Critical Properties of Concrete: Part II

Summary of Preventable Early-Age Cracks

In this section, we are going to discuss the details of preventable early-age cracks. Understanding the timing, cause, and effects of these factors can help with identifying the problems and adjusting mixture and placement techniques to prevent these issues going forward.

Plastic Shrinkage Cracks

These cracks are usually between one and three feet apart, with a length of a few inches up to several feet. The crack depth is shallow, and there is often a perpendicular wind direction. Even though the cracks can occur throughout the panel surface, they don’t often intersect the perimeter of the slab.

  • Occurrence Time: The cracks show up while the concrete is in the plastic stage, before it sets.
  • Cause: When the surface of the concrete dries too quickly. Usually, weather conditions play a role, such as low humidity during the placement period, high air temperatures, wind, or sudden changes in temperature. Aggregate can also play a role if the sand is too fine or gap-graded aggregate is used (it requires more paste). Additionally, delayed curing application can also increase the risk of plastic shrinkage cracks.
  • Effect: Even though they are unsightly, these cracks don’t usually pose a structural problem. But, long-term durability might be an issue since water and chemicals can seep into the cracks.
  • Prevention: The key is to observe weather patterns and plan placement times to avoid conditions that might cause shrinkage. Also, use adequate curing techniques at an earlier stage. For hot outdoor temperatures, cool the concrete mixture. Specific subgrade and evaporation-retarding materials can be used. When the concrete is still plastic, revibrating the concrete might be a solution to repair the cracks.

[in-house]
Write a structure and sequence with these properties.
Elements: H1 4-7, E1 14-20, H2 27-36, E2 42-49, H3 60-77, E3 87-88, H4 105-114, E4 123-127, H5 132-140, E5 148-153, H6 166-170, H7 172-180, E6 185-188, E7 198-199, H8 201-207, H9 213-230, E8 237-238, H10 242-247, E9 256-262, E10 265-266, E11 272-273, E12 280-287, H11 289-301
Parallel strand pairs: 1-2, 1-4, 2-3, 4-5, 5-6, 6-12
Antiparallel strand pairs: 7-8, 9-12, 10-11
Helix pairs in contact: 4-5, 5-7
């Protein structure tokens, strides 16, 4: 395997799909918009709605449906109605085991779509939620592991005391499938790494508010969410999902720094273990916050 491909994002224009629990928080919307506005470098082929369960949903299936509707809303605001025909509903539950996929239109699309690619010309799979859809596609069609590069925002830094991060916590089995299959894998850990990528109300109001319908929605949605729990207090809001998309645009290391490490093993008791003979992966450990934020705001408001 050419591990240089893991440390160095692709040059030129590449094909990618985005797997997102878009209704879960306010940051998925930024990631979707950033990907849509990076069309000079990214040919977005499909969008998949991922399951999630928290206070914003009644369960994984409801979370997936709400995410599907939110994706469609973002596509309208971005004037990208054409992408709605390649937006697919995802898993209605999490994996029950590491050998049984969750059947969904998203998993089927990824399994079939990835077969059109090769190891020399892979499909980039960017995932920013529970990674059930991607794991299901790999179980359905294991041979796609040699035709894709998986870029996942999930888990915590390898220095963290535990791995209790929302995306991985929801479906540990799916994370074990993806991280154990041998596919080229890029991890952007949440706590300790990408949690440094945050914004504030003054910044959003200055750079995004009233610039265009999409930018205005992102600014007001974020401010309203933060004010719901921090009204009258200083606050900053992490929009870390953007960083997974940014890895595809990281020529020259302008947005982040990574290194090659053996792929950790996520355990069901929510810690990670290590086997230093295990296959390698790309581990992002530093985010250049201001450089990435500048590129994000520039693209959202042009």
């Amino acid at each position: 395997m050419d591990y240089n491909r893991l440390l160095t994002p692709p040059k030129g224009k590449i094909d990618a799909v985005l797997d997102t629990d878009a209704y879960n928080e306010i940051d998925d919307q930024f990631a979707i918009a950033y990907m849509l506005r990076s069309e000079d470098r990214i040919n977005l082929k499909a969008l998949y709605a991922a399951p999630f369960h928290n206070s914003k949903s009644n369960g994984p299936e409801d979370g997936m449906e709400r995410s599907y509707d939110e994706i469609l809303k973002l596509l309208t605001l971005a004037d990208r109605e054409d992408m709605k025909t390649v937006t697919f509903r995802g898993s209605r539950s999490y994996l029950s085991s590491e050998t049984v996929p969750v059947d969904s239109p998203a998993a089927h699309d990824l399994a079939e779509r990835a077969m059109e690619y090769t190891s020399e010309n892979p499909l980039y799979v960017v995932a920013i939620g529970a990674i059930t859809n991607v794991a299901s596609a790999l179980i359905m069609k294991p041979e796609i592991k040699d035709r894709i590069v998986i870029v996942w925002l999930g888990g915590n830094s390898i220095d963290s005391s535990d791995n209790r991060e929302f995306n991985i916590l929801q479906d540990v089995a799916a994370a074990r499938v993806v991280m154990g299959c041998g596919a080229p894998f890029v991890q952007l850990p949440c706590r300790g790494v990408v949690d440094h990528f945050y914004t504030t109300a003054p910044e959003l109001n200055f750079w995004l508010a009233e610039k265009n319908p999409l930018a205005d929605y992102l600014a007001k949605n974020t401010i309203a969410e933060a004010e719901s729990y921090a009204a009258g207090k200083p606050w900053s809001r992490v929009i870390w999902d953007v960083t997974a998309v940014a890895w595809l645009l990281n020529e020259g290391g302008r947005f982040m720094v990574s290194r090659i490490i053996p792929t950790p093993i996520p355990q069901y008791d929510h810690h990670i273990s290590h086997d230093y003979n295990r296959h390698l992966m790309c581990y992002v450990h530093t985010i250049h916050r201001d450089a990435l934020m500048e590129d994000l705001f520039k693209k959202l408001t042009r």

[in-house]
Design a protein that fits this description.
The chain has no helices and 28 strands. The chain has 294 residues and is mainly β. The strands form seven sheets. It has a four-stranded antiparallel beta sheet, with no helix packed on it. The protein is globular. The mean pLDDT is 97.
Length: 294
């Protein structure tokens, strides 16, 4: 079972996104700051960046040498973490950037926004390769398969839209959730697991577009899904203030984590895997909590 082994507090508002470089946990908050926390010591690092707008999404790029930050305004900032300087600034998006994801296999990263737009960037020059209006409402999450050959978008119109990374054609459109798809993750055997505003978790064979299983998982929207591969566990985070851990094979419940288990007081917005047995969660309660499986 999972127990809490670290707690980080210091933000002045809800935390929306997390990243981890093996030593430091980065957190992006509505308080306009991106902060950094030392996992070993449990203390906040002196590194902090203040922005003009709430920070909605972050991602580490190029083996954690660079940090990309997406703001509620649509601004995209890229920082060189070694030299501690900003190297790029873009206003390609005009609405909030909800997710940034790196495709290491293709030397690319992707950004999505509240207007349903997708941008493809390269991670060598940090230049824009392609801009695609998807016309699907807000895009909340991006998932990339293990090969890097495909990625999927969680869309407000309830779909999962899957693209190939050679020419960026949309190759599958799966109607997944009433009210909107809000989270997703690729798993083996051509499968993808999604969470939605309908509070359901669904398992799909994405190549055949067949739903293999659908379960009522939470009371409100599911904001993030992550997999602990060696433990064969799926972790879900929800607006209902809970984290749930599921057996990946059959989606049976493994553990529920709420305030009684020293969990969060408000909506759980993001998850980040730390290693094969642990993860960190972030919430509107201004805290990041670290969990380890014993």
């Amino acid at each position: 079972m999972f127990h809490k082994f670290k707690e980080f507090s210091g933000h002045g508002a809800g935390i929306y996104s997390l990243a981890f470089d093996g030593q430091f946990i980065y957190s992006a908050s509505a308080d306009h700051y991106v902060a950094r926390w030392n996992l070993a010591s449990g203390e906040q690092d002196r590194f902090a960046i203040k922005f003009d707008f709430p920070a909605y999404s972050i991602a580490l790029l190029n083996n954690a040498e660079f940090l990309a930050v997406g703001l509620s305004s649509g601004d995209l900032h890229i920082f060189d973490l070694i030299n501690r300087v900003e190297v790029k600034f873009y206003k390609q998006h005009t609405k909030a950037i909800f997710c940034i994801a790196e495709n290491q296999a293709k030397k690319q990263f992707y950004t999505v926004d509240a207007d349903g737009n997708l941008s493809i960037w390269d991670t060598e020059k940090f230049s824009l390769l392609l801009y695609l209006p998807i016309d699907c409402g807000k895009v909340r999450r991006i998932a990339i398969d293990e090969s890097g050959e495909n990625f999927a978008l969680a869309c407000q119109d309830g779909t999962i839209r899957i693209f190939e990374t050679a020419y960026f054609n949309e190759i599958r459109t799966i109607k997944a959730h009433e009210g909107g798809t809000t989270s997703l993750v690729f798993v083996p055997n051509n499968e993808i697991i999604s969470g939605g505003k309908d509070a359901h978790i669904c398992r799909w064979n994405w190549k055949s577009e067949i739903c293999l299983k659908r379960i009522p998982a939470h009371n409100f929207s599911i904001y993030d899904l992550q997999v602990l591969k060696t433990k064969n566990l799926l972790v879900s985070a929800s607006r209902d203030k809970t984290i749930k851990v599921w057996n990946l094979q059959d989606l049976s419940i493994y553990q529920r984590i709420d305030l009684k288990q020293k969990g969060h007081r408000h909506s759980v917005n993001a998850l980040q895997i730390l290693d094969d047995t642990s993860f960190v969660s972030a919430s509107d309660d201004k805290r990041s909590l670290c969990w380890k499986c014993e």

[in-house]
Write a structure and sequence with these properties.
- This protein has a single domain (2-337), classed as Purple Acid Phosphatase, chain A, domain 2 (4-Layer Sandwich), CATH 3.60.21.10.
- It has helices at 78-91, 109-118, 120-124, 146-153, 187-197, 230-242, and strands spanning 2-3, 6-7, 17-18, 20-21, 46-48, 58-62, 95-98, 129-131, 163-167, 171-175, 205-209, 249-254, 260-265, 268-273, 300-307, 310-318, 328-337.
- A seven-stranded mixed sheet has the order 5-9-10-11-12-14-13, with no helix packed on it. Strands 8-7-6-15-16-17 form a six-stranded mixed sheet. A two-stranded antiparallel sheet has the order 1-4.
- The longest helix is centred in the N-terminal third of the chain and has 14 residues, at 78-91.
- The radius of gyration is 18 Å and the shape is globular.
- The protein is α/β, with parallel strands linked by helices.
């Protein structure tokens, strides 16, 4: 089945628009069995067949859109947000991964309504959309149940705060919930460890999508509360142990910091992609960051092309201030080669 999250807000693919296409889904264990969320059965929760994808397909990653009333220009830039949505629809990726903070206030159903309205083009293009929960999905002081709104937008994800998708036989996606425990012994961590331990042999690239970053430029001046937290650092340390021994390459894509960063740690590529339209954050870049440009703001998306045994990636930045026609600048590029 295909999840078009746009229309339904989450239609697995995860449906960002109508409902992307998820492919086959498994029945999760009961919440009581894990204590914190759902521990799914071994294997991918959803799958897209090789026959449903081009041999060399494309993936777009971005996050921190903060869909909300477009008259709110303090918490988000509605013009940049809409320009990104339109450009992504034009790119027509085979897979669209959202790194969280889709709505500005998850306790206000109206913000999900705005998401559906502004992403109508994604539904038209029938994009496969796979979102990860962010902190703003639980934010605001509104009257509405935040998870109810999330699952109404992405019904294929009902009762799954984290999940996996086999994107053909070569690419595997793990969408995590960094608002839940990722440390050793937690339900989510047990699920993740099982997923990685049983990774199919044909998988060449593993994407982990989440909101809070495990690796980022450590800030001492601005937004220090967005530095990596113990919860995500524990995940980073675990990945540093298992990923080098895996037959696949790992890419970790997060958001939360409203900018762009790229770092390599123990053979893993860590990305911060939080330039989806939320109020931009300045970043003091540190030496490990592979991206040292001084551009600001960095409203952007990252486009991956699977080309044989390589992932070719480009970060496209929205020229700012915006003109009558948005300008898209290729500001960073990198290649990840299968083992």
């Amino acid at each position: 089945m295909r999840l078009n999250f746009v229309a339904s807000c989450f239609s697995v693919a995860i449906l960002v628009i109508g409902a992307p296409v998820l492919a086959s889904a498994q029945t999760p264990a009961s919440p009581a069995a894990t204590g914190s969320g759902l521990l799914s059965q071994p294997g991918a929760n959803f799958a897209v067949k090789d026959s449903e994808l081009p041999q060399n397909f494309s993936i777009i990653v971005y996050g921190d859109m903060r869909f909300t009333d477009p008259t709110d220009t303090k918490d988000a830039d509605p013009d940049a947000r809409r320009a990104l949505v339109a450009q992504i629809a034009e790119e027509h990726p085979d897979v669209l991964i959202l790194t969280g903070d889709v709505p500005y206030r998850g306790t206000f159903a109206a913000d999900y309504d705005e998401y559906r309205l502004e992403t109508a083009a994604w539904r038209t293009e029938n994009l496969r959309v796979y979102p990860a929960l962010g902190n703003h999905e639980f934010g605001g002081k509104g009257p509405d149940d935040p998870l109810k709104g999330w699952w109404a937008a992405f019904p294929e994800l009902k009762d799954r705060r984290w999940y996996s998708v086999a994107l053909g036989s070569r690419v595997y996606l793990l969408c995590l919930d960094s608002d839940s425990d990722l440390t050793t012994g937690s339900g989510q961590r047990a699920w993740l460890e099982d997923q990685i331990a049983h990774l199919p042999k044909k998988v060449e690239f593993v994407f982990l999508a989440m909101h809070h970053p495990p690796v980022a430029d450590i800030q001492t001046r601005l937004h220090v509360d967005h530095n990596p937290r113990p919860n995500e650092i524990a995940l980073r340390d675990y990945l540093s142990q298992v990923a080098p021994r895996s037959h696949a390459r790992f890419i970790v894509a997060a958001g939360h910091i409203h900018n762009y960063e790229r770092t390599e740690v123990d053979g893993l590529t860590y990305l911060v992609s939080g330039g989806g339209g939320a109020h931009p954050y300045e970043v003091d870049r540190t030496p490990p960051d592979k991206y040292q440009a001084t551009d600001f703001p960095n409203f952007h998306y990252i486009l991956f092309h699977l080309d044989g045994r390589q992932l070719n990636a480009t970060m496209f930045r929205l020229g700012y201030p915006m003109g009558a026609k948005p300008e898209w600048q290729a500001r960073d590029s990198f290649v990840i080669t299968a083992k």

Map Cracking

If the cracks have an appearance of a network of fine fissures, then it is known as a map cracking pattern. Usually, the enclosed areas are irregular and small hexagonal shapes. The cracks are shallow, usually less than 3 mm deep.

  • Occurrence Time: These cracks are usually apparent within the first one to seven days after placement
  • Cause: Hand pours that with inadequate curing or excessive over finishing are at risk for map cracking. Mixes that are too wet also have a higher risk of cracking. Another cause is when water is sprayed on the surface of the concrete to facilitate finishing.
  • Effect: Sometimes the cracks aren’t visible on dry pavement, but the cracking patterns show up when it is wet. Even though the appearance is unsightly, it doesn’t cause issues with the structure of the pavement. But, these small cracks might bring in chemicals and water, which can lead to long-term durability issues.
  • Prevention: Always avoid spraying the concrete with water. If bleed water is present, then the surface should not be finished in these conditions. Don’t sprinkle dry cement if the surface has bleed water. Be efficient with the finishing to avoid overworking the concrete. Curing should always be done as soon as possible, and you might consider wet curing methods such as wet burlap or fog spraying.
  • Repair: These cracks usually don’t require repair since the structure of the concrete is sound. The appearance can be improved with a diamond grinding surface treatment.

Random Transverse Cracks (Drying Shrinkage Cracks)

Look for cracks that are perpendicular to the centerline, often with a “Y” shape fork in the cracking pattern. Sometimes, the random transverse cracks are long enough to reach to the edge of the pavement. The crack extension is usually as deep as the slab and might be hairline or open.

  • Occurrence Time: Typically, random transverse cracks show up within the first 72 hours. You will notice the cracks after the concrete has set, but before the area is opened to traffic.
  • Cause: This problem happens when the concrete sets before enough strength is gained to resist tensile stresses such as warping, curling, and cumulative shrinkage. Various factors might increase the risk, such as premature drying, high setting temperature, dry aggregate, changes in weather and temperature patterns, and using high shrinkage mixes